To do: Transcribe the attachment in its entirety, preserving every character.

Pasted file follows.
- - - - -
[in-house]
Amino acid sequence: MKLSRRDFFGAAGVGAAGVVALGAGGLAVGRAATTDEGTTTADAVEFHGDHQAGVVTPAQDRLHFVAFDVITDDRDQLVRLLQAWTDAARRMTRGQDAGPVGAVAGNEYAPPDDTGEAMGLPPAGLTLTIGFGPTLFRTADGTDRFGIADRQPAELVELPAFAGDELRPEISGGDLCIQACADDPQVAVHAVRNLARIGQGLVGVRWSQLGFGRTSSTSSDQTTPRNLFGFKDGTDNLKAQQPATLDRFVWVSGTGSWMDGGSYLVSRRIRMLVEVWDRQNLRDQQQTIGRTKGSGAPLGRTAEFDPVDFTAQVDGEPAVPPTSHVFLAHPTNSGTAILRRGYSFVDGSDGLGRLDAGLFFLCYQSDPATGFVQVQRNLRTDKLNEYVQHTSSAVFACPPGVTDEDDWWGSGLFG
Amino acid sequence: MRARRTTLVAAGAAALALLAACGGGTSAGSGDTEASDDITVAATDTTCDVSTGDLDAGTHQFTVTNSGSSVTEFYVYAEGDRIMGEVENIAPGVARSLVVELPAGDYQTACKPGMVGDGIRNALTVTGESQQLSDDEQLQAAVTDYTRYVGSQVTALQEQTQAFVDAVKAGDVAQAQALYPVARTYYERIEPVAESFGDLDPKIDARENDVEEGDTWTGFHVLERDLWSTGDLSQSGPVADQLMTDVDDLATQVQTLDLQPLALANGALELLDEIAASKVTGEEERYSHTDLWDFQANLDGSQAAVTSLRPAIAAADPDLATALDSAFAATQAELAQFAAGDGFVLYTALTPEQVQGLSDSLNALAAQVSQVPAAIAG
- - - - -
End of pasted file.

[in-house]
Amino acid sequence: MKLSRRDFFGAAGVGAAGVVALGAGGLAVGRAATTDEGTTTADAVEFHGDHQAGVVTPAQDRLHFVAFDVITDDRDQLVRLLQAWTDAARRMTRGQDAGPVGAVAGNEYAPPDDTGEAMGLPPAGLTLTIGFGPTLFRTADGTDRFGIADRQPAELVELPAFAGDELRPEISGGDLCIQACADDPQVAVHAVRNLARIGQGLVGVRWSQLGFGRTSSTSSDQTTPRNLFGFKDGTDNLKAQQPATLDRFVWVSGTGSWMDGGSYLVSRRIRMLVEVWDRQNLRDQQQTIGRTKGSGAPLGRTAEFDPVDFTAQVDGEPAVPPTSHVFLAHPTNSGTAILRRGYSFVDGSDGLGRLDAGLFFLCYQSDPATGFVQVQRNLRTDKLNEYVQHTSSAVFACPPGVTDEDDWWGSGLFG
Amino acid sequence: MRARRTTLVAAGAAALALLAACGGGTSAGSGDTEASDDITVAATDTTCDVSTGDLDAGTHQFTVTNSGSSVTEFYVYAEGDRIMGEVENIAPGVARSLVVELPAGDYQTACKPGMVGDGIRNALTVTGESQQLSDDEQLQAAVTDYTRYVGSQVTALQEQTQAFVDAVKAGDVAQAQALYPVARTYYERIEPVAESFGDLDPKIDARENDVEEGDTWTGFHVLERDLWSTGDLSQSGPVADQLMTDVDDLATQVQTLDLQPLALANGALELLDEIAASKVTGEEERYSHTDLWDFQANLDGSQAAVTSLRPAIAAADPDLATALDSAFAATQAELAQFAAGDGFVLYTALTPEQVQGLSDSLNALAAQVSQVPAAIAG